There is this growing tendency among young people to sought new habits and lifestyle changes that have the potential of improving their wellbeing. Part of this is due to fad trends, while there is another part related to genuine curiosity of dietary, hormonal and pharmacological mechanics. A growing trend among these is microdosing. But what is microdosing, exactly? The name itself implies an administration protocol, but the term was coined to describe a regimen of specific type of psychedelic use. In this article, we will discuss the benefits of microdosing and the possible dangers associated with this practice.
Psychedelics are a subset of drugs with powerful psychoactive properties which induce strong alterations in cognition, perception, affect, and neurophysiology. Psychedelic experiences are referred to as trips, indicating a voyage that is often described as spiritual, mind-alternating, and emotionally significant. These trips, however, take place after a recreational dose, or what psychedelic enthusiasts refer to as a full dose. So what is microdosing?
What is microdosing?
Microdosing is an administration protocol where participants take a very small amount of a psychoactive substance. These small doses differ according to the substance used, so it is important to be very specific in measurements depending on the drug.
For LSD, which is short for Lysergic Acid Diethylamide, a typical microdose would include anywhere from 6 to 25 micrograms. Alternatively, for psilocybin (called magic mushrooms or shrooms) which is taken in the form of dried mushrooms, a microdose ranges anywhere between 0.1 to 0.5 grams. Other psychoactive drugs like MDMA and mescaline are also used as pharmacological agents in microdosing protocols.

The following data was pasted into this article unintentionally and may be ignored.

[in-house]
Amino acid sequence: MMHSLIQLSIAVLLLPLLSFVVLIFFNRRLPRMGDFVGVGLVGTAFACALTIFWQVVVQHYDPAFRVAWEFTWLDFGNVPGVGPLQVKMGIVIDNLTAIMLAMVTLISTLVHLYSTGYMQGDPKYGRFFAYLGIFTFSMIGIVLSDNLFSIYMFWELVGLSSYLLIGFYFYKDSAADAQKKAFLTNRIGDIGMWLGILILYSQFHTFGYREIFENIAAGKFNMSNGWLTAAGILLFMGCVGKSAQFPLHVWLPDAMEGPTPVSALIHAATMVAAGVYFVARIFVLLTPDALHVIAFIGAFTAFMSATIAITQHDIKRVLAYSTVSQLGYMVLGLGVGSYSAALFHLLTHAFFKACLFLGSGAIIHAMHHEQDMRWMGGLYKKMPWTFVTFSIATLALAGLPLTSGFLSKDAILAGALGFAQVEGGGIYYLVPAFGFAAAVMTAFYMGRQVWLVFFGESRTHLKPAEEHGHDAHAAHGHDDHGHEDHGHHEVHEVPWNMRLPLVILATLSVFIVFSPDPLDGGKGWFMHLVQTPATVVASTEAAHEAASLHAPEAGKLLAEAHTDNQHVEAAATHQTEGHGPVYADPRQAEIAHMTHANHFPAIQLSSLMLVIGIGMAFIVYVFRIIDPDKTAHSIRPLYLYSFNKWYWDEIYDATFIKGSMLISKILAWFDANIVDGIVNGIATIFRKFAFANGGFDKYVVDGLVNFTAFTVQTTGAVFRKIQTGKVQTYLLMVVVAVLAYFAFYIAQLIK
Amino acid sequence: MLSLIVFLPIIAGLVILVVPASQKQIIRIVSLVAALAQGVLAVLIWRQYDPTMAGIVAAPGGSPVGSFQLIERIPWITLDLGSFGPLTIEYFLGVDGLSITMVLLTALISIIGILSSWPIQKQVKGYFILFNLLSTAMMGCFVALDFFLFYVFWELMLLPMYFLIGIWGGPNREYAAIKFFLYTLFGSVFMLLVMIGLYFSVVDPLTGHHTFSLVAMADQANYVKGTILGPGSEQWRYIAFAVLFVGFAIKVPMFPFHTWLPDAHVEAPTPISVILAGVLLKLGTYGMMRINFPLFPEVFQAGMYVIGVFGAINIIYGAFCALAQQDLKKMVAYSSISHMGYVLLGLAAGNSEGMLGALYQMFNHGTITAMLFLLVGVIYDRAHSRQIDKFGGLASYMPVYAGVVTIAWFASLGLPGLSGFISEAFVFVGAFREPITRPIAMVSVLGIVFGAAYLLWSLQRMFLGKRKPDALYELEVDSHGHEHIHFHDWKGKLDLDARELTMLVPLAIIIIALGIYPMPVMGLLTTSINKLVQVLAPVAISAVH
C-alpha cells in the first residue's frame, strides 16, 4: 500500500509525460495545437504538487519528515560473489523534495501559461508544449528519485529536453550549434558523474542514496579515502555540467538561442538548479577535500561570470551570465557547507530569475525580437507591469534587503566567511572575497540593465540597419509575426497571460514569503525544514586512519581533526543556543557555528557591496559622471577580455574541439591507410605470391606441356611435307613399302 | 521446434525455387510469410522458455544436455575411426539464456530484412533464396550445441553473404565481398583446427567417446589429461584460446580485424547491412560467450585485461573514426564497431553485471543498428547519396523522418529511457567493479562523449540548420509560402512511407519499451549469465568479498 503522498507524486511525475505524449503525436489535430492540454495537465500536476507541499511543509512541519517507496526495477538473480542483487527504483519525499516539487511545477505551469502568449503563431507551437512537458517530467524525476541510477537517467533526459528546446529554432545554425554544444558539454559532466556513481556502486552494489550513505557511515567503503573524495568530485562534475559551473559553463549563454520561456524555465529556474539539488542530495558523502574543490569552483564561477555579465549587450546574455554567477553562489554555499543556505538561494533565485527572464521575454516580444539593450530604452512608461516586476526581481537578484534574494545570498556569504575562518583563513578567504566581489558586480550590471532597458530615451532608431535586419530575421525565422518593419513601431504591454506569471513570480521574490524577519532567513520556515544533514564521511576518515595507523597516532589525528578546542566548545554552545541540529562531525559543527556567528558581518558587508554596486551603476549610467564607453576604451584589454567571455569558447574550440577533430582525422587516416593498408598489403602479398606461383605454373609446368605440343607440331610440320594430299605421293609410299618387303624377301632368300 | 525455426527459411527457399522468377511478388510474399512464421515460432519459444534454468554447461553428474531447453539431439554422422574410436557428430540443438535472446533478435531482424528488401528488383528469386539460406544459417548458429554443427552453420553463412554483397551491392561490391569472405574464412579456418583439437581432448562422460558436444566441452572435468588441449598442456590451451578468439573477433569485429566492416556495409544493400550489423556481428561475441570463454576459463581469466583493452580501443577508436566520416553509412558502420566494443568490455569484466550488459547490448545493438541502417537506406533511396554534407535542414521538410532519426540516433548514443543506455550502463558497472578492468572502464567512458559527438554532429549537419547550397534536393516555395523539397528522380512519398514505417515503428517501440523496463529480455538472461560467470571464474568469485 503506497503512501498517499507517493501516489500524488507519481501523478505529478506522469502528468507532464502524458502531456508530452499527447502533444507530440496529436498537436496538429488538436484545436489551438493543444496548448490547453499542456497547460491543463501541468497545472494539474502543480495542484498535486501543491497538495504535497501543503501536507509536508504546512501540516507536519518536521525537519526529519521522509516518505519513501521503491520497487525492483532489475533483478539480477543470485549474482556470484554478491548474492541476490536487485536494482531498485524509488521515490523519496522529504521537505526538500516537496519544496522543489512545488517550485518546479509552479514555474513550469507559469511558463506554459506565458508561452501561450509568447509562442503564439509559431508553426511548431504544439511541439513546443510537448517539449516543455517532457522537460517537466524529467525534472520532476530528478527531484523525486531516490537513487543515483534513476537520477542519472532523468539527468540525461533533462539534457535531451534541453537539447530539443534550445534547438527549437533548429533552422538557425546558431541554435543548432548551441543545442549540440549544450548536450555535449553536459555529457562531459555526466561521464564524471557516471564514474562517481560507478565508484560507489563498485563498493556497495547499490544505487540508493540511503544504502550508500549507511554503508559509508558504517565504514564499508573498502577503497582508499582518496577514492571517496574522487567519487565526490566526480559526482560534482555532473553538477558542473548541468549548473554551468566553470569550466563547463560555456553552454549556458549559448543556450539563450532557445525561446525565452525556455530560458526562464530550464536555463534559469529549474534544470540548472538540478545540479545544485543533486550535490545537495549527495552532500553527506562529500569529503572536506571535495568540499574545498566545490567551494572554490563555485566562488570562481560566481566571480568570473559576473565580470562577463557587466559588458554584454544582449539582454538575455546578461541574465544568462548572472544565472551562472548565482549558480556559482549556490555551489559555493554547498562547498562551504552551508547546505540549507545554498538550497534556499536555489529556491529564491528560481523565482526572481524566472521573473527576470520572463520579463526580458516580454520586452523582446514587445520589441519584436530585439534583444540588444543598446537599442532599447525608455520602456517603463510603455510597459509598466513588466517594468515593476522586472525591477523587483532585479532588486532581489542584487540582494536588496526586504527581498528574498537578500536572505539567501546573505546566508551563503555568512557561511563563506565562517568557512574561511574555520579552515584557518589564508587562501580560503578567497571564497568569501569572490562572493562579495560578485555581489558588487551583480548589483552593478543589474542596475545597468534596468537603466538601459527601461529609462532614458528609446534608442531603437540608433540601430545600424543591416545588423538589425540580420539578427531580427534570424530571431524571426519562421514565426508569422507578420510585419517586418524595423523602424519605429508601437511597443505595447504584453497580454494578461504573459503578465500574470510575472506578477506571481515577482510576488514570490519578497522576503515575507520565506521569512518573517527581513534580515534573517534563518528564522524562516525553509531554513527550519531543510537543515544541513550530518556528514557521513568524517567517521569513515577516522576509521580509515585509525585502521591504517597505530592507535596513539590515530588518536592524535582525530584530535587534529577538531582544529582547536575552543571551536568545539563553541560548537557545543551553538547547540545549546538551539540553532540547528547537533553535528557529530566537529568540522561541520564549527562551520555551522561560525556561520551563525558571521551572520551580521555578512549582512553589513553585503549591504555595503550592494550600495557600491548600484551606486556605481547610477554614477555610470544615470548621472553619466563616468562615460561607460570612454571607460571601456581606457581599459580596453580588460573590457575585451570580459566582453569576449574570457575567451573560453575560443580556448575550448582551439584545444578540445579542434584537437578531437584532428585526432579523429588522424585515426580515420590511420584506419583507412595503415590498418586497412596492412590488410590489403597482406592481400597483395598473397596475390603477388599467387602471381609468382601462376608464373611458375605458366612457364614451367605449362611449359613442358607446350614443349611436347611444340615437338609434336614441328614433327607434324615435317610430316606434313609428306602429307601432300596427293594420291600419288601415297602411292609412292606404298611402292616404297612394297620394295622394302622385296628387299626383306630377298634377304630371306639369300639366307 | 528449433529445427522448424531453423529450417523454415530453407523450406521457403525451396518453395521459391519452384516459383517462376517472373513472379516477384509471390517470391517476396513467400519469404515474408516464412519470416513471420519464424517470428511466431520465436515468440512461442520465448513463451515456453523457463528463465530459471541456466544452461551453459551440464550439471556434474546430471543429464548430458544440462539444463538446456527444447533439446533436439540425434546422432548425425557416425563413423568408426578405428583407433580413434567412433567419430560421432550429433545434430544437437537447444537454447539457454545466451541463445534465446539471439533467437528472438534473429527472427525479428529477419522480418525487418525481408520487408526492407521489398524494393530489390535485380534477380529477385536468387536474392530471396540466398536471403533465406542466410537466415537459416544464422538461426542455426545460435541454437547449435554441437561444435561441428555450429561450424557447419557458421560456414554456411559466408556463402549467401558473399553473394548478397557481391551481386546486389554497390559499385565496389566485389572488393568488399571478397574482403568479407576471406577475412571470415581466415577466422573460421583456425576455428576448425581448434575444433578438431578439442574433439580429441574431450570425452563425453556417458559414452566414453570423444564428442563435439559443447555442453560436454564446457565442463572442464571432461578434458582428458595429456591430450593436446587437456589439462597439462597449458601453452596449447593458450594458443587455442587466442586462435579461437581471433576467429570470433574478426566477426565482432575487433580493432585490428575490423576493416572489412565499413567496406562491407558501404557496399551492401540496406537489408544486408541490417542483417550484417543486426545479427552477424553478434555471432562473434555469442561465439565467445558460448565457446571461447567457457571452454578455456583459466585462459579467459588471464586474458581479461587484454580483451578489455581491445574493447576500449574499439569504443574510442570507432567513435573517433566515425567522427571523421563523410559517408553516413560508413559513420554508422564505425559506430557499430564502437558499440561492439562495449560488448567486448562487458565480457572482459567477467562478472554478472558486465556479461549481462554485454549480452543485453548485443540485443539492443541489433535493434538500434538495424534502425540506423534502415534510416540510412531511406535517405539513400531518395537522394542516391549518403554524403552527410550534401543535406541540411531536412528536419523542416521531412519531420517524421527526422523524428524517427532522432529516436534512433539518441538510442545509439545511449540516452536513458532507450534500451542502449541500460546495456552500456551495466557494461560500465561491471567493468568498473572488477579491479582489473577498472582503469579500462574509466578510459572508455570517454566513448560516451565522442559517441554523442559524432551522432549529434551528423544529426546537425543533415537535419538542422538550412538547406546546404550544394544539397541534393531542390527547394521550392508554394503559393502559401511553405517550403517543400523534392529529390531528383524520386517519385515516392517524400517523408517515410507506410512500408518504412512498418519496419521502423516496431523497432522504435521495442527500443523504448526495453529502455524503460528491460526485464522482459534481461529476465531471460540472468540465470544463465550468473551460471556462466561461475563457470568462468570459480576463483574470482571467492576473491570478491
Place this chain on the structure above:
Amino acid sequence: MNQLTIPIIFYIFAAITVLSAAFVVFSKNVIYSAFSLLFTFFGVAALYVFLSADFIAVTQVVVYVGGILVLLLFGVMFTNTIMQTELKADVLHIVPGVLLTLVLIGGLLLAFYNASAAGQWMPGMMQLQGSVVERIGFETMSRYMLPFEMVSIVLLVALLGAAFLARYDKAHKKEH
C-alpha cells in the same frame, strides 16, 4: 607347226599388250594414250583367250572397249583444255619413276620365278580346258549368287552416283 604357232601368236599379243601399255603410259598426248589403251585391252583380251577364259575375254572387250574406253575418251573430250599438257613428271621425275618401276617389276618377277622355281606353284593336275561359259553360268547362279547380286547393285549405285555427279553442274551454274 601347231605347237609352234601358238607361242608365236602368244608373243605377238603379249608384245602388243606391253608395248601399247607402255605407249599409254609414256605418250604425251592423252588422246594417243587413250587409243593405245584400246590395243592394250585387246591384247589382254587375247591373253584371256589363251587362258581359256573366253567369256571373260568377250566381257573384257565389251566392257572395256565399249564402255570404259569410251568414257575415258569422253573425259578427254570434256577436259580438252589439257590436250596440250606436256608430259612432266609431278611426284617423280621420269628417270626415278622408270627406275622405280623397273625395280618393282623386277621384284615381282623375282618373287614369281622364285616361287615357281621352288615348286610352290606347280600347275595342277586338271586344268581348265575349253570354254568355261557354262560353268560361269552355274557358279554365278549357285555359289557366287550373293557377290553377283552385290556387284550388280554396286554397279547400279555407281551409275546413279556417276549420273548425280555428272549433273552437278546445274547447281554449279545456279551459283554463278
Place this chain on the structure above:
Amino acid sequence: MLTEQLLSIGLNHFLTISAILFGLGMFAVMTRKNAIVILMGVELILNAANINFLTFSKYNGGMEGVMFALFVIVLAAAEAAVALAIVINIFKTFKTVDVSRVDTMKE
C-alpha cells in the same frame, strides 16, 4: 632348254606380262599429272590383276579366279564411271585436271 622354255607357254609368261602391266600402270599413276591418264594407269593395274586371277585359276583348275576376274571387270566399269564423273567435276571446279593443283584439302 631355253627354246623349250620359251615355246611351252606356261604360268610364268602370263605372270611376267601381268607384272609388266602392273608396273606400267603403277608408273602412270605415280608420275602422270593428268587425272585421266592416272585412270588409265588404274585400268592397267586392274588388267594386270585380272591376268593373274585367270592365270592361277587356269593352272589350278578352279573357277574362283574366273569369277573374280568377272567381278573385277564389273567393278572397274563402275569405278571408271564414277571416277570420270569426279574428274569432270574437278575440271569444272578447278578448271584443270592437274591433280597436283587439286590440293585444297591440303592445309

The benefits of microdosing are observed over a long period of time, since the administration follows a predictable schedule stretching for weeks on end. Each micro dose is taken once every four days, and the schedule lasts anywhere between four to five weeks.
It is important to note that psychedelics are illegal in most parts of the world. Therefore, do not take this article as anything more than informative writing, and certainly not as medical advice. Proper administration of any drug must be discussed with a medical professional, or a pharmacologist, and we do not take any responsibility for your actions.
Back in 2016, the global drug survey conducted a small study trying to answer how many people have microdosed LSD. Out of the 12,300 people, a whopping 6.2% have tried microdosing at least once in their lifetime. However, the demographic was not chosen randomly, and it is believed that most participants in such studies are western young men, between the ages of 18 and 30.
If psychedelics are transformative in a positive way, then why cutting the dose at all? The answer is simple – since most psychedelics induce a strong mental experience, the range of which can be super positive to super negative, there is inherent risk in administering a full dose.
Microdosing LSD or psilocybin is a way to pursue some of the benefits, albeit reduced in potency, all the while hoping to avoid some of the negative experiences, or at least reduce their effect and duration by a significant margin.
Such protocols have been developed by a large and growing microdosing community, where trial and error gradually formed the basis for best practice. Lacking microdosing studies, enthusiasts who enter the discussion are often headed to forums such as Reddit, where dedicated categories called subreddits provide an outlet for a garden variety of anecdotal stories. One such is r/microdosing, with 147,000 members at the moment of writing this article.
More serious work, in the form of books and interviews on the topic is also available, most prominent of which is The Psychedelic Explorer’s Guide: Safe, Therapeutic, and Sacred Journeys, by James Fadiman.
So what are the benefits of microdosing?
Different dosage and different drugs are said to produce a slight variation in experience, though the anecdotal reports are largely consistent. Microdosing with LSD and psilocybin are said to positively affect levels of anxiety, chronic stress, depression, creativity, cognition, and openness as a personality trait.
Full doses of psychedelic drugs have been used in clinical setting throughout the past decades, though research is very limited and there is ample opportunity for negating some of the findings due to poor study design, demographics, and narrow scope.
Nevertheless, psychedelics have been linked to successful treatment of treatment-resistant depression, clinical anxiety, post-traumatic stress disorder and mood swings. Further research, however, is necessary to validate such claims.